For a pregnancy to occur, the woman releases an egg from either ovary every month, which is called ovulation. This released egg travels towards the Fallopian tube. The end of the tube is shaped like the fringes of a dress. These fringes continually move in a wave like manner, to pull the egg into the tube, from where it begins to travel towards the uterus. At the end of the tube, just before it enters the uterus, it is met by a healthy sperm, which are contained in the ejaculate released during intercourse. The sperm travel upwards through the vagina into the cervix, and then into the uterus Female Infertility
The sperm and the egg fuse together in a process called fertilization, and an embryo is formed. The embryo then continues the journey into the uterus and attaches to the uterine wall, in a process called implantation. Once implantation has occurred, the body starts to release more hormones that will aid in the growth of the baby, and the woman will discover that she is pregnant.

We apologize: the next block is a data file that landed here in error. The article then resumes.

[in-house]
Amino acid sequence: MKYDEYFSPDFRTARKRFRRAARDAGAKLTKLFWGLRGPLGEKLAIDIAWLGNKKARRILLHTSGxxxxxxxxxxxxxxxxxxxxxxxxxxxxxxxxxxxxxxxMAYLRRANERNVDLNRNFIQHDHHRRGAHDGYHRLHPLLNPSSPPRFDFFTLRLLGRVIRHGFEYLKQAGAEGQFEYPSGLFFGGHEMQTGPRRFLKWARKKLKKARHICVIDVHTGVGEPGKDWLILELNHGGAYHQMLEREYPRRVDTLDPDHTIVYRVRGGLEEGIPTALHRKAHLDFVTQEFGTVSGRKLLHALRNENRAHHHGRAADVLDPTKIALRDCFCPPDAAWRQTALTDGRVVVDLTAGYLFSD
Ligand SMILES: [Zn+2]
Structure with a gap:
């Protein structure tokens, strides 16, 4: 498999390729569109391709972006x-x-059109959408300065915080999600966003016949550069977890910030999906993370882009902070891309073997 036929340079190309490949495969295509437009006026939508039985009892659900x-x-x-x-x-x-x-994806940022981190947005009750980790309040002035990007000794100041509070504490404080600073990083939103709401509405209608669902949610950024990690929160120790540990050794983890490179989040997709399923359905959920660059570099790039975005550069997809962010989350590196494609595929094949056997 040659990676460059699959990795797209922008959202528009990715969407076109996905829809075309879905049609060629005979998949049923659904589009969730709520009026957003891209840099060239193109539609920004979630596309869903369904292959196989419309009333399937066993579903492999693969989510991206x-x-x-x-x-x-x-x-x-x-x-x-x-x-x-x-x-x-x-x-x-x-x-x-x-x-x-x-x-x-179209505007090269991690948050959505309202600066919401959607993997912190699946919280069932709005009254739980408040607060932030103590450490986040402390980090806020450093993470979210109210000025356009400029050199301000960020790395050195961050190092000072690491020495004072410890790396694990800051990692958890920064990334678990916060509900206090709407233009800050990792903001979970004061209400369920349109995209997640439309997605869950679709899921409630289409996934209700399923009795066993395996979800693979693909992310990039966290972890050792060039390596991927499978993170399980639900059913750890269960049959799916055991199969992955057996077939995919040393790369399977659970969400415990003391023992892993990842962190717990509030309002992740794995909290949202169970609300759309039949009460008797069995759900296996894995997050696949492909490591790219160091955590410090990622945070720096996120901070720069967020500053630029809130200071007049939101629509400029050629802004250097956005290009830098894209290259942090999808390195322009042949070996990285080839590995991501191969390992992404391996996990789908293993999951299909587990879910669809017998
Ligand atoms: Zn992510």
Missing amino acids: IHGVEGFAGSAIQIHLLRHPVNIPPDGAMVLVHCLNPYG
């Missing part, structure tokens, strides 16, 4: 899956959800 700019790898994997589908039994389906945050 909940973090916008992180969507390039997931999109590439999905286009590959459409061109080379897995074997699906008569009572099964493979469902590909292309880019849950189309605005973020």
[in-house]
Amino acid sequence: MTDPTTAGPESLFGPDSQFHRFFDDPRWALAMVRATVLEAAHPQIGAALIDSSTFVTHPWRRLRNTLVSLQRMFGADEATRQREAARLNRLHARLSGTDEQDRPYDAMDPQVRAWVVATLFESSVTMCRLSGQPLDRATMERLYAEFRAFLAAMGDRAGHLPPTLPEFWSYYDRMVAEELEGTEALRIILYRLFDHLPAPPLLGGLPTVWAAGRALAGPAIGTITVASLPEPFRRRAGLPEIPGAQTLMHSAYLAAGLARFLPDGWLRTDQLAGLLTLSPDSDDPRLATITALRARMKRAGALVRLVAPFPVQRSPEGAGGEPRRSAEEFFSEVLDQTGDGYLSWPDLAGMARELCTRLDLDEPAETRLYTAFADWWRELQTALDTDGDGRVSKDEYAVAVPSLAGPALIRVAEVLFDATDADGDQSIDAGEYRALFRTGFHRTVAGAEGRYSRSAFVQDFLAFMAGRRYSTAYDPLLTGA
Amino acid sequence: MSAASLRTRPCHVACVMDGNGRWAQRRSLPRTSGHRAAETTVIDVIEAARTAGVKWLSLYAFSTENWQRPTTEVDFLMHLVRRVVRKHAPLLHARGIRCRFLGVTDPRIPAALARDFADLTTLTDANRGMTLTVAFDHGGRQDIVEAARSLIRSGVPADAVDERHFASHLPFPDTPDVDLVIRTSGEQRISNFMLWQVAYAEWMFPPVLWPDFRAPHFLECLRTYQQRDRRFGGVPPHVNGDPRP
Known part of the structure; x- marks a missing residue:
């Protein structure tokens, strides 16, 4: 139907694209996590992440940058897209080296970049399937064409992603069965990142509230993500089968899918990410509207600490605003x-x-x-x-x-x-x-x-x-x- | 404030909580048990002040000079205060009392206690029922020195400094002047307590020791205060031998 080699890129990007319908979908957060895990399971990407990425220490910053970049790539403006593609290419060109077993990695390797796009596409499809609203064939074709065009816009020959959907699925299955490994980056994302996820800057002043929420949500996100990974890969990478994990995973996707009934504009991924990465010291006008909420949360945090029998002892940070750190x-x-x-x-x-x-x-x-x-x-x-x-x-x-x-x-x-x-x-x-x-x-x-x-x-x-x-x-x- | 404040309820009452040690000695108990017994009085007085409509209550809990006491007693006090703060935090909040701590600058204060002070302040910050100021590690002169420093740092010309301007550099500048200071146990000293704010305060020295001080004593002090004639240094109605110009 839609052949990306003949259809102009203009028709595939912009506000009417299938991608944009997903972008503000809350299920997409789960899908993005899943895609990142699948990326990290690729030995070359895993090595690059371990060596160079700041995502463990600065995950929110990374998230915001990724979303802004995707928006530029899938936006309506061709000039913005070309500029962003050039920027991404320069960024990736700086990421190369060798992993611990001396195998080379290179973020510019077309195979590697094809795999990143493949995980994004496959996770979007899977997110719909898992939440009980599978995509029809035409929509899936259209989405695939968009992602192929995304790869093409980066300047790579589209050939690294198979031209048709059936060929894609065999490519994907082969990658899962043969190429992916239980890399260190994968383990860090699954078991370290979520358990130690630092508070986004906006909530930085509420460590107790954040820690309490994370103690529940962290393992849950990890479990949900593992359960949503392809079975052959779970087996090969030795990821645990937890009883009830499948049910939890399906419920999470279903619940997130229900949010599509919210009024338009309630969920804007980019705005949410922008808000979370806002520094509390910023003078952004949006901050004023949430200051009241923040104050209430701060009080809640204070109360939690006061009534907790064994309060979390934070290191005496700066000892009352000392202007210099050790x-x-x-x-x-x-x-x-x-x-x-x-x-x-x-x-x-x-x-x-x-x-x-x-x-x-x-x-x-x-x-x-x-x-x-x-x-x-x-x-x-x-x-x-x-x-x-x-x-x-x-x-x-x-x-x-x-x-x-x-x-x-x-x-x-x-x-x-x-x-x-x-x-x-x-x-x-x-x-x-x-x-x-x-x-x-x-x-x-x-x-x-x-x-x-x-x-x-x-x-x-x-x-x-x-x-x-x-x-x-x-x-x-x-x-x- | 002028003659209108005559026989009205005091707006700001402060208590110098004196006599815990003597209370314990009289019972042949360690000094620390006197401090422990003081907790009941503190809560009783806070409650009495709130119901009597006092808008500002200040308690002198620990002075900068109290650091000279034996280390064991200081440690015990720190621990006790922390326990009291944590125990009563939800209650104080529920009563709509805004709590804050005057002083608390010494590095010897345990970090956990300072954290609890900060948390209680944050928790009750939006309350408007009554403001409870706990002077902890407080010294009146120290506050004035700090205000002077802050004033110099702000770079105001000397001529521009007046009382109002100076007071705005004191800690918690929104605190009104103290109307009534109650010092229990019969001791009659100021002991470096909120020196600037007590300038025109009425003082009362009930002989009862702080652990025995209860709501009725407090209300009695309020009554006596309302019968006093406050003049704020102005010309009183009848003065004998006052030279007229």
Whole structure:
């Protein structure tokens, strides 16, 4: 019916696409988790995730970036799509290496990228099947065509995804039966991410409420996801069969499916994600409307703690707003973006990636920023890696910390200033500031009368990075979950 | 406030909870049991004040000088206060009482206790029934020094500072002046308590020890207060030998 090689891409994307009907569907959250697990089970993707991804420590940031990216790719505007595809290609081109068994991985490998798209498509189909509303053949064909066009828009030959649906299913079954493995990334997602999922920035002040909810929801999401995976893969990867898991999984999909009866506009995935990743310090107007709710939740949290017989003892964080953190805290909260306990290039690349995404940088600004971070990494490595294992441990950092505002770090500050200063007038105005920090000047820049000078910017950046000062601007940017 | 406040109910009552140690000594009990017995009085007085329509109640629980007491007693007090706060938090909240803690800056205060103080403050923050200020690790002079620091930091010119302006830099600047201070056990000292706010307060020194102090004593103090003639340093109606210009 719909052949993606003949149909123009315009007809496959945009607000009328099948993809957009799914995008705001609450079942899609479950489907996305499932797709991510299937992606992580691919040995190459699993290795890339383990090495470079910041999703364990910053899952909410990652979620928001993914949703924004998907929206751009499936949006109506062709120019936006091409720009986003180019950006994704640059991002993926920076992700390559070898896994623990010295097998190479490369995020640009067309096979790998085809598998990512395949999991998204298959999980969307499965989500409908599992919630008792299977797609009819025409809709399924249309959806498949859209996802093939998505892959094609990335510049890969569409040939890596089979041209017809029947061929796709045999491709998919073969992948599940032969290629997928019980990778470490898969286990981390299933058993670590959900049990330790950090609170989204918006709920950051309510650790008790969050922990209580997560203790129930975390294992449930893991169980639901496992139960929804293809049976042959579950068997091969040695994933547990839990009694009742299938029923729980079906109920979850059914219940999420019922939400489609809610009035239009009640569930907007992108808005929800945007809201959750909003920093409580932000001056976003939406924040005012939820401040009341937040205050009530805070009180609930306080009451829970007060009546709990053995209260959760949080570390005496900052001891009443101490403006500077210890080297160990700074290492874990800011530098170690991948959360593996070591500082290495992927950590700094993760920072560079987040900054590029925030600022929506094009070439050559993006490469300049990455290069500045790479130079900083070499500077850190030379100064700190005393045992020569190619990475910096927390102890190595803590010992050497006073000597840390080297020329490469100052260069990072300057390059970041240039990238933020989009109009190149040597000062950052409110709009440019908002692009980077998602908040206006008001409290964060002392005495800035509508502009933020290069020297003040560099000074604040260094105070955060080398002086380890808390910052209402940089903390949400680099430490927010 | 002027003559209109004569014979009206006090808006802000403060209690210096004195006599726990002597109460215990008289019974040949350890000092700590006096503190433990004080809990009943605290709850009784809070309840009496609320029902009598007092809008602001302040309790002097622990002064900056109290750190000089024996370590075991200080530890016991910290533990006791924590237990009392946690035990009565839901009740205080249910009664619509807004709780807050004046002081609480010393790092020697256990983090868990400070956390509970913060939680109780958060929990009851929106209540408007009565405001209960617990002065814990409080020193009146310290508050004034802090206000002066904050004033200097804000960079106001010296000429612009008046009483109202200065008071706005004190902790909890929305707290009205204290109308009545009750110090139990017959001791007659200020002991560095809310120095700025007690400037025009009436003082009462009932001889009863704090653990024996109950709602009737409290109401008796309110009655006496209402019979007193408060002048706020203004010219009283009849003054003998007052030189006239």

Anything that causes an interruption at any point in this process can cause Female Infertility.
Causes of Female infertility
- Impaired production of eggs – Factors that can cause this include age related decline, premature ovarian failure, endometriosis or medical conditions like diabetes
- Disorders of ovulation – These are caused by abnormalities in the production of hormones, and common causes include Polycystic Ovarian Syndrome (PCOS), hyperprolactinaemia, thyroid problems, adrenal problems, stress, being underweight or overweight, and certain medications
- Dysfunction of the Fallopian tubes – The tubes can become damaged by anything that causes it to be inflamed or scarred. Common causes include Pelvic Inflammatory Disease (PID, usually a consequence of a sexually transmitted infection) and adhesions (scar tissue) caused by endometriosis or previous surgery inside the uterus or the abdomen. Also, fibroids can cause a blocked tube if it is lying across the tube.
- Implantation problems – These are problems with the structure of the uterus or cervix which make it difficult for the fertilized egg to be implanted on the lining of the uterus. They include: fibroids, endometrial polyps, adenomyosis, and intrauterine adhesions